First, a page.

The World Bank and Real Estate Development Association of Nigeria (REDAN) have concluded arrangements for the setting up of Mutual Credit Guarantee Scheme (MCGS) as part of efforts at “fast-tracking housing delivery in the country.
To this end, the partners are expected to roll out five-year project plan that will enable up to 50 developers to participate in the mutual fund to be raised for effective take-off of the mutual credit guarantee scheme which is aimed at pooling and sharing risk that would enable the financial market to work for mostly smaller construction firms.
To achieve the feat, interested firms are to make sufficient contribution as a disincentive to willful default, limiting possible moral hazard effects on borrowers.
Michael Wong from the World Bank harped on Standardisation of processes and products in housing and guaranteed fund scheme for real estate developers in Nigeria at a REDAN/World Bank workshop in Abuja recently, explaining that the guarantee pools would operate on a given size and sequenced to ensure peer pressure as only 25-40 percent of outstanding guarantee will be issued to members of one pool.
Through the guaranteed fund, 50 percent contribution is to be made by participating developers (members) matched by 50 percent to be provided by GEM, Wong said, adding that REDAN is to set up a quality team while a committee consisting of participants, participating commercial banks and construction associations will act as an oversight of the risk covering facility.
To ensure effective take-off of the scheme, He assured that World Bank/GEM would field financial experts to develop detailed design operation manual and legal agreement.
In his presentation, Afolabi Imoukhuede, World Bank/GEM Consultant on housing delivery, assured that the role of GEM/PIU was in job creation and reduction in cost of housing delivery.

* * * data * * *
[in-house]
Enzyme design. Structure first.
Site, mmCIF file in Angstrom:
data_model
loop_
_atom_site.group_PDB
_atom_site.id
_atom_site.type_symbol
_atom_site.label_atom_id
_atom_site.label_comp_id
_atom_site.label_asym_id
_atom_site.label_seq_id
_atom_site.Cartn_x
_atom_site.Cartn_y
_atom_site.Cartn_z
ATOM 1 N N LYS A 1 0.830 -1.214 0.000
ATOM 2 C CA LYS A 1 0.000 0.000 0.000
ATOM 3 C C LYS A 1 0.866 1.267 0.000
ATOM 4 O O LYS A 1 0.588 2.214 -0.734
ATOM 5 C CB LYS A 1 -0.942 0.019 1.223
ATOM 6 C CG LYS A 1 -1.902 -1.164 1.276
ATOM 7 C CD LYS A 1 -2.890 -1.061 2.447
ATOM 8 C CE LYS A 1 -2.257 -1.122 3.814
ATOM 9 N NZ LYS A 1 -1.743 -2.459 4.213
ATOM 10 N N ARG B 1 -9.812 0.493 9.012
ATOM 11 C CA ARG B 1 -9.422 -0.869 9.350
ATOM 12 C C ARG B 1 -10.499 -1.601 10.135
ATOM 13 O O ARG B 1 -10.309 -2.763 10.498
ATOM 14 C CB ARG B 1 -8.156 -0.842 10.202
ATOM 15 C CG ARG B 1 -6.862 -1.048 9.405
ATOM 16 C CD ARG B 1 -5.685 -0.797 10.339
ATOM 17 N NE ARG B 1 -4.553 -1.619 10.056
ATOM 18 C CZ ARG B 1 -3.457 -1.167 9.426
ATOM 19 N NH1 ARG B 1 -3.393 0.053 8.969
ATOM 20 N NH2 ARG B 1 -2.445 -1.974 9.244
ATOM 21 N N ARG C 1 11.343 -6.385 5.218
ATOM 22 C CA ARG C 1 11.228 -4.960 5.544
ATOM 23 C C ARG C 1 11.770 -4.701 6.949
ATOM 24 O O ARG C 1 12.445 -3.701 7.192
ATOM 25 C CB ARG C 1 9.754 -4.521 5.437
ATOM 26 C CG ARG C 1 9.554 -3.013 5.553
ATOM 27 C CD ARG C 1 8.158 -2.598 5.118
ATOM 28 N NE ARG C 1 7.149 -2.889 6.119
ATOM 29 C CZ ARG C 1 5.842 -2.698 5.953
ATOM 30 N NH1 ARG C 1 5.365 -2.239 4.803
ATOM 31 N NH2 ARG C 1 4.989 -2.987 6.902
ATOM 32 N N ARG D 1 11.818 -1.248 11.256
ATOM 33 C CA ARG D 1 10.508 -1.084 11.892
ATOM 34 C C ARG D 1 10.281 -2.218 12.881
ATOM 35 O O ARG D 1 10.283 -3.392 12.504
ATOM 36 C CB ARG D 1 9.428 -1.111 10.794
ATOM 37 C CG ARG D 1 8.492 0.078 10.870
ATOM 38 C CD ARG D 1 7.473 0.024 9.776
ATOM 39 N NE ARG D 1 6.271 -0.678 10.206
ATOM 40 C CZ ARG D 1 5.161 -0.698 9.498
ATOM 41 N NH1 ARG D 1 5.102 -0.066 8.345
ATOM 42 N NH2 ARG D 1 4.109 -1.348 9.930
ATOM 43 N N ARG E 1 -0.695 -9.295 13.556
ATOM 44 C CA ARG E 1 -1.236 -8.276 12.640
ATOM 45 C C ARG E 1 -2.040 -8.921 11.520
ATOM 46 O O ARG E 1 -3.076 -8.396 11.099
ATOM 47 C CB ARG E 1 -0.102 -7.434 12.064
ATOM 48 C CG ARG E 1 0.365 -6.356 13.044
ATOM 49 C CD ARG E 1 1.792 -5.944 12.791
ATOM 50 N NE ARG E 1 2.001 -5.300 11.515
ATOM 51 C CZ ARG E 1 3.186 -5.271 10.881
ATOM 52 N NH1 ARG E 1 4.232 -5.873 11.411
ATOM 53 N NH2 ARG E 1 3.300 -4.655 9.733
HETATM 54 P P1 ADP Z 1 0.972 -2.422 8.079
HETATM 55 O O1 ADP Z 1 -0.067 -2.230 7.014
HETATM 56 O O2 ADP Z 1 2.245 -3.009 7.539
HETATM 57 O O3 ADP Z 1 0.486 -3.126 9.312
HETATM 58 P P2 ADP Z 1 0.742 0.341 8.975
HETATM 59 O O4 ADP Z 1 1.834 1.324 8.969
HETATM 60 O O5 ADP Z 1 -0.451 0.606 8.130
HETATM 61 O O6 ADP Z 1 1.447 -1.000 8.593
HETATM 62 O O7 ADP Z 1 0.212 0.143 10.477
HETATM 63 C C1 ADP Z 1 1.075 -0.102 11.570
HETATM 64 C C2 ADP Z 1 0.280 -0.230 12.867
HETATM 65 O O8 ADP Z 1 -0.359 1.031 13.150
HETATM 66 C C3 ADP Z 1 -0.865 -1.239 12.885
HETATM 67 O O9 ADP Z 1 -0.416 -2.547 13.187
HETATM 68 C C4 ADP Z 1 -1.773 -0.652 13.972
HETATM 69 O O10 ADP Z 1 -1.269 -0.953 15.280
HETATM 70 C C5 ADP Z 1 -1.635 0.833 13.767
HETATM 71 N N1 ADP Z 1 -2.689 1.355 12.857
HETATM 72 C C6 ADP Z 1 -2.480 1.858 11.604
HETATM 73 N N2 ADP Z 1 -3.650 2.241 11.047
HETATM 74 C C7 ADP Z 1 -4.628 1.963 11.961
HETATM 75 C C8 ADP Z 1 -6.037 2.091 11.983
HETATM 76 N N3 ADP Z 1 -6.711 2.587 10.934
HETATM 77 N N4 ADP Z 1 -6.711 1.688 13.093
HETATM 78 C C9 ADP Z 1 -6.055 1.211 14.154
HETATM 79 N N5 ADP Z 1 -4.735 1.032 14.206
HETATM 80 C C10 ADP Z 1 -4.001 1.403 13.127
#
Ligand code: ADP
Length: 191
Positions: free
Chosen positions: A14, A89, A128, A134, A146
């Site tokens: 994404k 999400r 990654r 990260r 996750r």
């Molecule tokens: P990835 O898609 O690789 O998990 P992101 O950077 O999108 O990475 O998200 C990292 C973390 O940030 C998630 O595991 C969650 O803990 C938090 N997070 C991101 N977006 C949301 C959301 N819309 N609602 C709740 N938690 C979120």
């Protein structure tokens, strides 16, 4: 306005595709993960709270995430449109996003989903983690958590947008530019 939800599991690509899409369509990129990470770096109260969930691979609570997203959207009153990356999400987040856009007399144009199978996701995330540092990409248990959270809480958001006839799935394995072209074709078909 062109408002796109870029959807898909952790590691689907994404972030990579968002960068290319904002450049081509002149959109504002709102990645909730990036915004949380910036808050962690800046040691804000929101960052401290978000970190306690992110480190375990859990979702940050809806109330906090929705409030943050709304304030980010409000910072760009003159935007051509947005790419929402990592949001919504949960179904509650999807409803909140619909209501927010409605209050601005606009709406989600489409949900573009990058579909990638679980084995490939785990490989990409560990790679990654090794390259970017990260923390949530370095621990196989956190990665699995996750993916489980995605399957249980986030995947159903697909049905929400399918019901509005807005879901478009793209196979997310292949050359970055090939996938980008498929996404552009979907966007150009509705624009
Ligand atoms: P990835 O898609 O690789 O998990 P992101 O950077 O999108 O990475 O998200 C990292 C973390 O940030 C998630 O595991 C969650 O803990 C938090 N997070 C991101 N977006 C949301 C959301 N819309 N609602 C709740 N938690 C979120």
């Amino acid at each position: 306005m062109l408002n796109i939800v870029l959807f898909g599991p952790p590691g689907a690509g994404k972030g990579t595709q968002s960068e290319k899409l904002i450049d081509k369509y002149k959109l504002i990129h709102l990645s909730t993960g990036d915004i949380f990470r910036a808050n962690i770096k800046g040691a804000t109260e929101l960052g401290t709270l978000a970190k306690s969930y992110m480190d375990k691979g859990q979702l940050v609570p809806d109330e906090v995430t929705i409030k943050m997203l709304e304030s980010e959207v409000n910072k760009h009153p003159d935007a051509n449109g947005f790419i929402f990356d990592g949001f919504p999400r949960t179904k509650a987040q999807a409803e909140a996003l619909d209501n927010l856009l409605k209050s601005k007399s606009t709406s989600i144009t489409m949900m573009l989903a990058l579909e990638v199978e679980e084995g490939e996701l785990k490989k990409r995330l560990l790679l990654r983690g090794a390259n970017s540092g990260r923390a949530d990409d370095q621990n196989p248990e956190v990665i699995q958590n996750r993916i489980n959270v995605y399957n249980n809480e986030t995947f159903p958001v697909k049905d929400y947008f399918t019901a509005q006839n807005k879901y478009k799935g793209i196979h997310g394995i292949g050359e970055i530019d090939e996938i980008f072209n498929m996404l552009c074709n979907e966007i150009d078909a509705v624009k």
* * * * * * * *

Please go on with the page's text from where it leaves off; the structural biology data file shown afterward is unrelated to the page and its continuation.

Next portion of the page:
“We have decided to look into the problem of finance and the main problem there is off-takers. That’s what the financial institutions are not happy about. They see us as somebody who brings business plan but cannot guarantee the demand side.
“We will be working on that; we know people want to build; all we have to do is to work together, get our information right and then we are in business. This loan guarantee scheme is just a stimulus which will finish in 2018; we will be looking at something bigger where we will not need any aid or financial support; we will just be like an aeroplane and we will be flying by ourselves,” Afolabi said.
In his remarks, Bode Afolayan, REDAN President, disclosed that his association had successfully signed Memorandum of Understanding (MoU) with Lafarge Cement and Portland Paint as part of efforts to reduce the capital outlay in housing delivery.
Akintoye Adeoye, REDAN Vice President, who spoke on ‘Refocusing REDAN for Increase in Housing Delivery’ stressed the need for Federal Mortgage Bank of Nigeria (FMBN) to resume Estate Development Loan (EDL) which was suspended following the high burden of non-performing loans owed by some estate developers.
He also called on the Infrastructure Bank to provide credit for estate development while the Money Deposit Bank is to provide construction finance based on imperatives in the housing sector.
Some of the stakeholders who spoke at the meeting, stressed the need for the revival of the moribund steel company in a bid to reduce the cost of building materials, as well as high cost of land titling and acquisition; payment of compensation to reduce the cost of houses.
(Culled from http://businessdayonline.com)